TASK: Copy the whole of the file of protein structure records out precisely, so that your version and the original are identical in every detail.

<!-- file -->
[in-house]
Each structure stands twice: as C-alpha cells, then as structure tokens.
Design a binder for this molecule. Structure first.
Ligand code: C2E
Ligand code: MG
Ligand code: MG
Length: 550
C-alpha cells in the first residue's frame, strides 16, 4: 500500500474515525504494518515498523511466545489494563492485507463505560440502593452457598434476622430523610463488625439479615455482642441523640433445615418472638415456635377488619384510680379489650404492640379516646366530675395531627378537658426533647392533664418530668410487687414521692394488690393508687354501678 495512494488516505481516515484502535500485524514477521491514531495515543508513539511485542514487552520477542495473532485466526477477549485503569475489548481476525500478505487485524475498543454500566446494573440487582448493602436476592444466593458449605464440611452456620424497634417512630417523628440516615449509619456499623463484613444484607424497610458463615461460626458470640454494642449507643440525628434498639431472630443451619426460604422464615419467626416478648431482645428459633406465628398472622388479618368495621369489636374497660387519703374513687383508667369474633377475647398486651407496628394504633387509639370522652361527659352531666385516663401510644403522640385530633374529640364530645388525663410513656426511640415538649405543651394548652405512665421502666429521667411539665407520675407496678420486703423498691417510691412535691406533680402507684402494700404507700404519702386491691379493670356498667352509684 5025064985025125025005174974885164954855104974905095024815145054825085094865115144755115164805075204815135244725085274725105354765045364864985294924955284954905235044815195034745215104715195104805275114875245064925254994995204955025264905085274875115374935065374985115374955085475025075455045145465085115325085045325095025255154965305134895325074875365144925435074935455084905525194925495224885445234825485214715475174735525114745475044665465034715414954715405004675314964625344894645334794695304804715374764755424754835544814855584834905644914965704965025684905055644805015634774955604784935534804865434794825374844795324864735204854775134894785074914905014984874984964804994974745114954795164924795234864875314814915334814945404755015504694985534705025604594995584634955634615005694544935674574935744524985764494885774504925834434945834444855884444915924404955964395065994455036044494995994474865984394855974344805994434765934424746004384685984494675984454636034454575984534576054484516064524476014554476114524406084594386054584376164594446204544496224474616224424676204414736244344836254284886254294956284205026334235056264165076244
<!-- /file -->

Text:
[in-house]
Each structure stands twice: as C-alpha cells, then as structure tokens.
Design a binder for this molecule. Structure first.
Ligand code: C2E
Ligand code: MG
Ligand code: MG
Length: 550
C-alpha cells in the first residue's frame, strides 16, 4: 500500500474515525504494518515498523511466545489494563492485507463505560440502593452457598434476622430523610463488625439479615455482642441523640433445615418472638415456635377488619384510680379489650404492640379516646366530675395531627378537658426533647392533664418530668410487687414521692394488690393508687354501678 495512494488516505481516515484502535500485524514477521491514531495515543508513539511485542514487552520477542495473532485466526477477549485503569475489548481476525500478505487485524475498543454500566446494573440487582448493602436476592444466593458449605464440611452456620424497634417512630417523628440516615449509619456499623463484613444484607424497610458463615461460626458470640454494642449507643440525628434498639431472630443451619426460604422464615419467626416478648431482645428459633406465628398472622388479618368495621369489636374497660387519703374513687383508667369474633377475647398486651407496628394504633387509639370522652361527659352531666385516663401510644403522640385530633374529640364530645388525663410513656426511640415538649405543651394548652405512665421502666429521667411539665407520675407496678420486703423498691417510691412535691406533680402507684402494700404507700404519702386491691379493670356498667352509684 5025064985025125025005174974885164954855104974905095024815145054825085094865115144755115164805075204815135244725085274725105354765045364864985294924955284954905235044815195034745215104715195104805275114875245064925254994995204955025264905085274875115374935065374985115374955085475025075455045145465085115325085045325095025255154965305134895325074875365144925435074935455084905525194925495224885445234825485214715475174735525114745475044665465034715414954715405004675314964625344894645334794695304804715374764755424754835544814855584834905644914965704965025684905055644805015634774955604784935534804865434794825374844795324864735204854775134894785074914905014984874984964804994974745114954795164924795234864875314814915334814945404755015504694985534705025604594995584634955634615005694544935674574935744524985764494885774504925834434945834444855884444915924404955964395065994455036044494995994474865984394855974344805994434765934424746004384685984494675984454636034454575984534576054484516064524476014554476114524406084594386054584376164594446204544496224474616224424676204414736244344836254284886254294956284205026334235056264165076244